Across the prairies, farmers are taking to the fields for the 2021 sowing.
Paul Husted of Husted Farms at Staley, Alta., Said that by now, things are taking shape.
“Our seeding situation in this area has not deteriorated,” he said. “We are getting a strange shower, moisture is on the surface, so the seed is going into good ground.”
Farmers in southern Alberta observe soil moisture levels near spring
Husteds are dry-land farmers with no irrigation. They are at the mercy of the sky to water their crops and need spring rains to keep the seeds germinating.
“It’s a concern,” Husted said. “We can sprout the crop and if it turns off the tap, the next stage of crop development needs a good drink.”
The moisture has not yet arrived, said Ross McKenzie, a retired agronomy research scientist in parts of southern Alberta.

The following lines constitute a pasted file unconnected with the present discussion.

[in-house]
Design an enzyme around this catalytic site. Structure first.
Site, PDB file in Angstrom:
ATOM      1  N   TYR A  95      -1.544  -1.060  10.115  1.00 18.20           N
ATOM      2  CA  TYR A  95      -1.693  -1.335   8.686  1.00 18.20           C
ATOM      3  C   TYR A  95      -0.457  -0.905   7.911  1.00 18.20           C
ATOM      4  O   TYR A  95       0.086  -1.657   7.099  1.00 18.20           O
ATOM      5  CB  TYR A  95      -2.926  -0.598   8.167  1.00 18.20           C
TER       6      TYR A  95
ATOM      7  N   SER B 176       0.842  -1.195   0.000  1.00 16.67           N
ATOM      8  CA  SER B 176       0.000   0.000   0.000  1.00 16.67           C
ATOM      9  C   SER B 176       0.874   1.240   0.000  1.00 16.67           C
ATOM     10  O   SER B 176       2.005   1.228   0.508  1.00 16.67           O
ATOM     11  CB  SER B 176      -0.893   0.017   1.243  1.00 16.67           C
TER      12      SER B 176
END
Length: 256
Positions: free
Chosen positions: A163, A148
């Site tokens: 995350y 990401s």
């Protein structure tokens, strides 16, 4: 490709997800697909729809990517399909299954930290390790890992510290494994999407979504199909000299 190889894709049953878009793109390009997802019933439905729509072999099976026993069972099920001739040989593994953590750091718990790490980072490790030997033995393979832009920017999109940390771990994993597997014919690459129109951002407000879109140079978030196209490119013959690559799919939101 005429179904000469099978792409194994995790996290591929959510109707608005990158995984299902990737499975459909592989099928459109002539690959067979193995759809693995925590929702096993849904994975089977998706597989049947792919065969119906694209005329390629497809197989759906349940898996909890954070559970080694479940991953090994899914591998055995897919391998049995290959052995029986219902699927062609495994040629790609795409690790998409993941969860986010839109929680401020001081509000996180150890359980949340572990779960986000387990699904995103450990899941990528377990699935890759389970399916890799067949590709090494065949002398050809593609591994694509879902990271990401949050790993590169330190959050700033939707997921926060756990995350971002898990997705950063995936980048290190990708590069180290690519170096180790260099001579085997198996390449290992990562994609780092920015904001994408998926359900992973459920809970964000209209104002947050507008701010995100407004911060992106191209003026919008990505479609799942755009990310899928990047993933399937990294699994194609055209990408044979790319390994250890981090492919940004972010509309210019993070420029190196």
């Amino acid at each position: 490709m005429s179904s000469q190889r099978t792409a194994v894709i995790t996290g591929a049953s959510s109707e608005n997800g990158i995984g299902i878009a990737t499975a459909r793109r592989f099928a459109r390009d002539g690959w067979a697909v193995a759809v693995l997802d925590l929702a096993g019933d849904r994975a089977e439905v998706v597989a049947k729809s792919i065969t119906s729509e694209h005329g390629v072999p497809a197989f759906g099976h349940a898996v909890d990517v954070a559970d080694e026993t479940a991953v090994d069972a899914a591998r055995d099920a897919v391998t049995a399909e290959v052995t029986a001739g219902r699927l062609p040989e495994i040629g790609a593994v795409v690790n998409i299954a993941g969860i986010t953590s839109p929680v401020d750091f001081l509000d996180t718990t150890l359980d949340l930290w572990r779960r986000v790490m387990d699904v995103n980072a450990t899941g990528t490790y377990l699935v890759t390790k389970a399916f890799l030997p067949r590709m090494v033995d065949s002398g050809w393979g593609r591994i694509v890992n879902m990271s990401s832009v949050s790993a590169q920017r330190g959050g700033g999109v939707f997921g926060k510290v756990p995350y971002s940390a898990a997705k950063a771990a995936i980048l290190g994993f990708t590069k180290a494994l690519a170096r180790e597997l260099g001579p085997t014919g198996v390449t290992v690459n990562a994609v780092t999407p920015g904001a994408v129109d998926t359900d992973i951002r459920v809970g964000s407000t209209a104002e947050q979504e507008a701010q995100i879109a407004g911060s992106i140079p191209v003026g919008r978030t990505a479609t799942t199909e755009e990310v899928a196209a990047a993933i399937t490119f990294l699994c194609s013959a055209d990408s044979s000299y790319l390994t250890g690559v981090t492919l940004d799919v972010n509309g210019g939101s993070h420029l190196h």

“It rains more than last month, usually we get about 35 millimeters of rain in Lethbridge,” McKenzie said.
He said that ideally, soil moisture is around 70 percent to 80 percent at the time of sowing, but when less than 50 percent, germination can be a problem.
“If soil moisture is only at 40 or 30 percent field capacity, it is often not enough to just get the crop off to a good start,” McKenzie said.
2020 harvest begins in southern Alberta
Conditions are good now, but Husted said the waiting game is just the beginning. Only time will tell how the growing season turns out and what can be expected of this crop. It will all depend on Mother Nature.
“It’s not over until the end,” he said. “We’ve got a few months to cross our fingers.”
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